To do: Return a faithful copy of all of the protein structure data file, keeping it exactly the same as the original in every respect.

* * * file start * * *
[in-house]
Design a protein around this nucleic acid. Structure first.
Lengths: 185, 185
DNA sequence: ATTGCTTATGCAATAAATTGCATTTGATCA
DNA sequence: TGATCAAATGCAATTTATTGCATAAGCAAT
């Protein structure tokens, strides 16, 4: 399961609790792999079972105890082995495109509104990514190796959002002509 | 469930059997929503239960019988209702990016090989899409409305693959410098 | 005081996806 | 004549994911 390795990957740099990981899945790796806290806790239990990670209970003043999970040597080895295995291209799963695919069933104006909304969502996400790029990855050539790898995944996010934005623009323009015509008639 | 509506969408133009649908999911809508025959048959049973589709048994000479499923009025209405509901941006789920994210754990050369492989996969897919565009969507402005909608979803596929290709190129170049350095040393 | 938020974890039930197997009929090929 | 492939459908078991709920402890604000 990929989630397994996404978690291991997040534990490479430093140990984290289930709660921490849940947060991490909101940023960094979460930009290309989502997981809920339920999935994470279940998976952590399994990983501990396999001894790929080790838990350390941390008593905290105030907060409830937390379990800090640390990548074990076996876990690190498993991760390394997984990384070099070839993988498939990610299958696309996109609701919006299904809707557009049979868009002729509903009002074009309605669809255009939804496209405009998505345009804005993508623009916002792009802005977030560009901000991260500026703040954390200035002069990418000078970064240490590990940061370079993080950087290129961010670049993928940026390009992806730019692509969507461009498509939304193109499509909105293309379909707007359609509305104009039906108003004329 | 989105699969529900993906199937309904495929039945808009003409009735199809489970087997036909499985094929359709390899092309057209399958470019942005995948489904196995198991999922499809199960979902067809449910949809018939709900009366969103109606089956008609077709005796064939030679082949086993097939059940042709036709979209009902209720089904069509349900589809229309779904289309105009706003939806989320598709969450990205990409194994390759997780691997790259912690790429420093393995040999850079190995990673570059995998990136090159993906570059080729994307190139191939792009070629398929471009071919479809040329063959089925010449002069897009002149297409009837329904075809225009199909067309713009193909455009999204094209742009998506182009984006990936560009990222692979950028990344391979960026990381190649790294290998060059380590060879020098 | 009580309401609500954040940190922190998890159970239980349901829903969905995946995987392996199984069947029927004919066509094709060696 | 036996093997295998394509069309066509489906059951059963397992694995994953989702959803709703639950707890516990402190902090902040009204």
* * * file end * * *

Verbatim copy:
[in-house]
Design a protein around this nucleic acid. Structure first.
Lengths: 185, 185
DNA sequence: ATTGCTTATGCAATAAATTGCATTTGATCA
DNA sequence: TGATCAAATGCAATTTATTGCATAAGCAAT
């Protein structure tokens, strides 16, 4: 399961609790792999079972105890082995495109509104990514190796959002002509 | 469930059997929503239960019988209702990016090989899409409305693959410098 | 005081996806 | 004549994911 390795990957740099990981899945790796806290806790239990990670209970003043999970040597080895295995291209799963695919069933104006909304969502996400790029990855050539790898995944996010934005623009323009015509008639 | 509506969408133009649908999911809508025959048959049973589709048994000479499923009025209405509901941006789920994210754990050369492989996969897919565009969507402005909608979803596929290709190129170049350095040393 | 938020974890039930197997009929090929 | 492939459908078991709920402890604000 990929989630397994996404978690291991997040534990490479430093140990984290289930709660921490849940947060991490909101940023960094979460930009290309989502997981809920339920999935994470279940998976952590399994990983501990396999001894790929080790838990350390941390008593905290105030907060409830937390379990800090640390990548074990076996876990690190498993991760390394997984990384070099070839993988498939990610299958696309996109609701919006299904809707557009049979868009002729509903009002074009309605669809255009939804496209405009998505345009804005993508623009916002792009802005977030560009901000991260500026703040954390200035002069990418000078970064240490590990940061370079993080950087290129961010670049993928940026390009992806730019692509969507461009498509939304193109499509909105293309379909707007359609509305104009039906108003004329 | 989105699969529900993906199937309904495929039945808009003409009735199809489970087997036909499985094929359709390899092309057209399958470019942005995948489904196995198991999922499809199960979902067809449910949809018939709900009366969103109606089956008609077709005796064939030679082949086993097939059940042709036709979209009902209720089904069509349900589809229309779904289309105009706003939806989320598709969450990205990409194994390759997780691997790259912690790429420093393995040999850079190995990673570059995998990136090159993906570059080729994307190139191939792009070629398929471009071919479809040329063959089925010449002069897009002149297409009837329904075809225009199909067309713009193909455009999204094209742009998506182009984006990936560009990222692979950028990344391979960026990381190649790294290998060059380590060879020098 | 009580309401609500954040940190922190998890159970239980349901829903969905995946995987392996199984069947029927004919066509094709060696 | 036996093997295998394509069309066509489906059951059963397992694995994953989702959803709703639950707890516990402190902090902040009204």